LOS ANGELES — The race for Los Angeles mayor will head to a November runoff after no candidate secured at least 50% of the vote in Tuesday’s primary. Both Democratic frontrunners – Rep. Karen Bass and billionaire developer Rick Caruso – will move forward.
As of 10 p.m. PDT, Caruso held a 3-point lead over Bass, a win in itself against an established Los Angeles politician who was on President Joe Biden’s short list for vice president.
Both candidates will appear on the November ballot for the general election, where voters will also be tasked with deciding on a number of other races, including governor, Senate and House seats. The race could mark a turning point for the city, which boasts the second largest population in the country, and put its reputation as a progressive trendsetter at risk.
The winner will take over for Eric Garcetti, who was nominated to be the U.S. ambassador to India.
Caruso, a Republican-turned-Democrat, poured millions into the race, far surpassing fellow candidates. His advertisements, from cable TV to streaming services and YouTube, blanketed the L.A. region. He attracted voters with promises to be tougher on crime and attacks on the bureaucratic systems that he says are too slow to successfully alleviate the city’s homelessness crisis. His campaign to pivot from the path laid out by predecessors came at a moment when voters expressed growing dissatisfaction with the state of the city in numerous polls.
Bass, on the other hand, was the favorite of party’s progressive wing and garnered national headlines after helping lead on police reform policies in Congress after the death of George Floyd in the summer of 2020, which spurred widespread protests over racial justice and police brutality.
Throughout the day, people filed into polling locations across the city to cast their ballots. At a Goodwill center in Atwater Village, a neighborhood north of downtown, voters weighed the myriad of issues plaguing the city and the candidates who each promised solutions.
Randy Baer said he was still trying to decide on who to vote as he arrived to cast his ballot. He was torn between Bass and Caruso.
“I think I’m going to vote for Karen Bass,” he said. “I want it to go to a runoff. I’d rather have some more time to hear both of them.”
Caruso was endorsed by a number of high-profile celebrities, including Snoop Dogg, Kim Kardashian, and Elon Musk. But to Baer, such endorsements were words of caution, not selling points.
“I’m wary of an attraction to celebrity,” Baer said, adding the endorsements made sense in the city with a strong connection to celebrity culture, along with the film and music industry. “But you know, they’re all multimillionaires, or probably billionaires.”
Others came in knowing who they wanted to lead the city. Felix John Garcia, 52, said Caruso’s hardline stance on crime and homelessness won him over.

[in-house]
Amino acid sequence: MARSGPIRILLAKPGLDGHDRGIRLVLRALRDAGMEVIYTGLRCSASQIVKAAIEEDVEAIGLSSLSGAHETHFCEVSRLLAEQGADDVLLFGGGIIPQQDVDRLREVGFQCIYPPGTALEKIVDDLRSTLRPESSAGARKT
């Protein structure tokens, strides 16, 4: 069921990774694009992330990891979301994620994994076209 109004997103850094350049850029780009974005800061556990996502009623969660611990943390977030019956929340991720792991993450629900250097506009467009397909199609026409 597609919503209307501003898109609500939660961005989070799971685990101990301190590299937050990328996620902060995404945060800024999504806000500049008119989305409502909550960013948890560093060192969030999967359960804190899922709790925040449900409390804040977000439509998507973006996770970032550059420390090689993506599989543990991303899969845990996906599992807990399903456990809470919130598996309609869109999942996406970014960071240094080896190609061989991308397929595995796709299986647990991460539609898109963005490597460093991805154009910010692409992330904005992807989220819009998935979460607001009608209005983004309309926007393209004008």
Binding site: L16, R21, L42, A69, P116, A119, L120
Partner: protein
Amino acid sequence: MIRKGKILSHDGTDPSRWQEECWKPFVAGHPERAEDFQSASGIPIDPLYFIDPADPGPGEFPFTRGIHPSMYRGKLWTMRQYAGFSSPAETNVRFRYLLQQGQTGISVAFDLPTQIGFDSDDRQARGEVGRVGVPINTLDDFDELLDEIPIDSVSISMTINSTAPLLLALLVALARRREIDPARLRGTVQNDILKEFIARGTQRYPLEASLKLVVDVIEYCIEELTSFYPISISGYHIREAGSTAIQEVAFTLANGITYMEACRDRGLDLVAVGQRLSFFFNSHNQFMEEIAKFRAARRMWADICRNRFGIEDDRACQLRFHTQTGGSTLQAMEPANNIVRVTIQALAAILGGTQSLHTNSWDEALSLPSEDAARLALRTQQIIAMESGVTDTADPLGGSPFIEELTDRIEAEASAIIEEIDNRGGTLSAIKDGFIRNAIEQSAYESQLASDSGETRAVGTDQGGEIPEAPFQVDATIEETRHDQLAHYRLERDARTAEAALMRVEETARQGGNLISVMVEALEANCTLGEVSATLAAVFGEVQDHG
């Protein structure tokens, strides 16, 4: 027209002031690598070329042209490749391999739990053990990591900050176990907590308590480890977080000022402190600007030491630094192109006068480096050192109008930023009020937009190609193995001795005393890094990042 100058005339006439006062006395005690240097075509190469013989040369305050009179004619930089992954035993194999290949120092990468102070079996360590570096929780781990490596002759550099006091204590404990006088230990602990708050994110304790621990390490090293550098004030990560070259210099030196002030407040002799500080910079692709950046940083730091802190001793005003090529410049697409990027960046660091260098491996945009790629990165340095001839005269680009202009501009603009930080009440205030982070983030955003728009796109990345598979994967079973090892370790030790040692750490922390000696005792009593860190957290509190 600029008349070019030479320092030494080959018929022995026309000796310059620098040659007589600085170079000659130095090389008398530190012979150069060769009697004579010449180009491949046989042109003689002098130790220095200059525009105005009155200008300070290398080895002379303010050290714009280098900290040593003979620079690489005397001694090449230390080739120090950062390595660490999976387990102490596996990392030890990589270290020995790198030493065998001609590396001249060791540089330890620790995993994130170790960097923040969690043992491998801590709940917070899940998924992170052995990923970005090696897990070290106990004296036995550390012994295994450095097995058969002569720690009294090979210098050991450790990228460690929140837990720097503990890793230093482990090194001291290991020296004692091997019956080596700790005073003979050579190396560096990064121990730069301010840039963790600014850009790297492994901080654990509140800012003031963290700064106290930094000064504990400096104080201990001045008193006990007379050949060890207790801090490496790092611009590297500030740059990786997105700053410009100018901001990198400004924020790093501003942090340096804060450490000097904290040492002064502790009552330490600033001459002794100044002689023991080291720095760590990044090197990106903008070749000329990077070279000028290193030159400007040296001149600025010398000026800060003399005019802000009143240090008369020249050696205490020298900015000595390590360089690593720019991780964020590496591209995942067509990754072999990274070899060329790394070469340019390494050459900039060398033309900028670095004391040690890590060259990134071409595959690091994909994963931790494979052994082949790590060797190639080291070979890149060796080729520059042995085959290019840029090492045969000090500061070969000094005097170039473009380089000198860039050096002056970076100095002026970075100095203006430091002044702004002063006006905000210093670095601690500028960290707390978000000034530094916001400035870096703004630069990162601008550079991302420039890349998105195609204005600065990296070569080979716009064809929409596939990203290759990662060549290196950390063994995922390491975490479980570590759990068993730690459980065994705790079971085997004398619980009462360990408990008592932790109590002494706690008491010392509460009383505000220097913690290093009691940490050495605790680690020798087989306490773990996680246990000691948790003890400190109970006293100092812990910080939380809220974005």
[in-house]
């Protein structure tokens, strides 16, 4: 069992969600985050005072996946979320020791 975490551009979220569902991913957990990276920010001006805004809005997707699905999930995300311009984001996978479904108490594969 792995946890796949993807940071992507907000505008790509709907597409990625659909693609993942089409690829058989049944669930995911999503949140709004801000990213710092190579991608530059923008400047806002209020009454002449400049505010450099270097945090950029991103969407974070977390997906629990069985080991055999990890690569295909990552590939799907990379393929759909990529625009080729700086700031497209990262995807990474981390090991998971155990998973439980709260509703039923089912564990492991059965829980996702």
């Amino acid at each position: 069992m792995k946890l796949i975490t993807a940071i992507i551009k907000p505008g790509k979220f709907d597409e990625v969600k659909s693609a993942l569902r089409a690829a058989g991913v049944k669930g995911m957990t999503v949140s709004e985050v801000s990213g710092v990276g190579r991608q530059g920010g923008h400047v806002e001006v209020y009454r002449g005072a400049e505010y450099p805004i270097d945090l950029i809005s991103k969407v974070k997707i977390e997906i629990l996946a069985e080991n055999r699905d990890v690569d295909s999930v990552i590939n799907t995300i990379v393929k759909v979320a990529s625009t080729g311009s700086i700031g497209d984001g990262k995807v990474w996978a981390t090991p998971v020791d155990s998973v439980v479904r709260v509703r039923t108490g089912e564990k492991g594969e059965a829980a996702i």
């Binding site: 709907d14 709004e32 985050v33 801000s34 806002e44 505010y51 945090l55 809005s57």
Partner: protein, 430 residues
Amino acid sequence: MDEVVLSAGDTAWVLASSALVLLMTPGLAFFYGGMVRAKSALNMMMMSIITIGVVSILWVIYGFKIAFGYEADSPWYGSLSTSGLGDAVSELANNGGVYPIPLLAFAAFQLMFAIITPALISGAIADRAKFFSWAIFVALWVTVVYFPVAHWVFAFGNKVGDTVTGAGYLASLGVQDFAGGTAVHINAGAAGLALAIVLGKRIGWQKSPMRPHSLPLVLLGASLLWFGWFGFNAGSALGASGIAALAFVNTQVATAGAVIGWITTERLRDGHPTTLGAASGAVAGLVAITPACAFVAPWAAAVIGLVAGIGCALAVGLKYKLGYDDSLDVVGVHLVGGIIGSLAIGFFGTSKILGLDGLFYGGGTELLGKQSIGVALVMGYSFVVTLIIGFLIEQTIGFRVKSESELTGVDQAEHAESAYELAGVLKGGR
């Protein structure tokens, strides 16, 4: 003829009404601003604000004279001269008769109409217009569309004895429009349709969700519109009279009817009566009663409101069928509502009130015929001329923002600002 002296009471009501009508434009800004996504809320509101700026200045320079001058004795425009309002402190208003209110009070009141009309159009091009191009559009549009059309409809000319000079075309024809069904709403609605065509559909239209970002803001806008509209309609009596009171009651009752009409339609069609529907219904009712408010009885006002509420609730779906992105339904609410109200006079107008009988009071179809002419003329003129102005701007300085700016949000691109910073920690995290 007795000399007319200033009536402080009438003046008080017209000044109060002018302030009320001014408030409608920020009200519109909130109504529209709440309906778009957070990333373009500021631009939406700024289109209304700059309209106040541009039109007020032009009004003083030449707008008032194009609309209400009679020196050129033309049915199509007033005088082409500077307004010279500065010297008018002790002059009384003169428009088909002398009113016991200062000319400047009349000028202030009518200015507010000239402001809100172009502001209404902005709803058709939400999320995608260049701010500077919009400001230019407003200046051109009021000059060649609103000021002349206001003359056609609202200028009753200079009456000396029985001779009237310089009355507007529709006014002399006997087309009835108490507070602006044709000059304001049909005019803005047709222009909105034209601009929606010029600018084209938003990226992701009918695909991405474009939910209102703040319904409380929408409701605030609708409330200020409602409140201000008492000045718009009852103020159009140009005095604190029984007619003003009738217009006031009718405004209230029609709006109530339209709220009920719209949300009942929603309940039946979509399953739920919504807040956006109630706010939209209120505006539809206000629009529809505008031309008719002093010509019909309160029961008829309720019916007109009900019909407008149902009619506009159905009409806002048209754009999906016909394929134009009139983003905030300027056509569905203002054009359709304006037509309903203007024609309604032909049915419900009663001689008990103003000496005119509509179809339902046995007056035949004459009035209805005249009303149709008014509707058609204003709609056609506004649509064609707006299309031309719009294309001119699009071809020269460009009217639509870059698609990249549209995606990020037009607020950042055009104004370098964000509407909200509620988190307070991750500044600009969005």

“It’s the platform that he runs with – law enforcement, especially now with rising crime, we need some,” Garcia said. “We need something done about homelessness.”
Caruso, who developed The Grove – a popular shopping and dining area in the city – along with other commercial properties, centered his campaign on bolstering the Los Angeles Police Department with more officers and blasting the bureaucracy that he says has moved too slowly to stop homelessness and create more housing and shelters. He aims to end street homelessness, would declare a state of emergency over the crisis and touted a goal to build 30,000 housing units in 300 days, many of which would be shelter beds.
Bass, 68, heralded her Los Angeles roots, working as a community organizer during the crack epidemic in the 1980s and 1990s. She’d touted that record, noting she’d be the candidate best suited to lead the city in a moment of crisis.
If elected, Bass would become the first woman to hold the office and the second Black person.
She, too, received a number of endorsements, including from former NBA great Earvin “Magic” Johnson and The Los Angeles Times, which called her a battle-tested leader in a moment where politicians were seeking to pander to fear held by citizens.
Bass has promised a comprehensive approach to homelessness, working to house 15,000 by the end of her first year in office and end encampments that have spread across the city. Bass has touted a different approach to the city’s crime and policing, hoping to hire civilians and social workers to take on some of the calls that officers would typically respond to, something she says would free up officers to concentrate on violent crimes and other calls. Bass also touts more investment in youth programs and a variety of measures she says aims to tackle the cycle of violence and crime in the city.
Throughout the campaign, Caruso and Bass led the pack of 12 candidates by a landslide. City Councilman Kevin de León had trailed in a distant third, despite a flurry of political endorsements and his background as the former leader of the state Senate. He was the only major Latino candidate in a city that is almost 50% Hispanic.
At polling locations, some residents simply weren’t impressed by any of the candidates.
Oswaldo Tapia, a lifelong L.A. resident and first-generation Mexican-American, grew up a Democrat but found himself more aligned with the Republican party’s principles of minimal government and individual responsibility as he got older.
“You can’t force somebody to live a good life,” he said. “I see that the right teaches self responsibility, not too much government — because the government can’t fix everything.”
Tapia pointed to concerns of inflation, surging gas prices and higher costs at the grocery store and said he worries about providing for his family.
So instead of picking from the pack of contenders, Tapia decided to write in a candidate: himself. He said it was “my way of expressing my frustration.”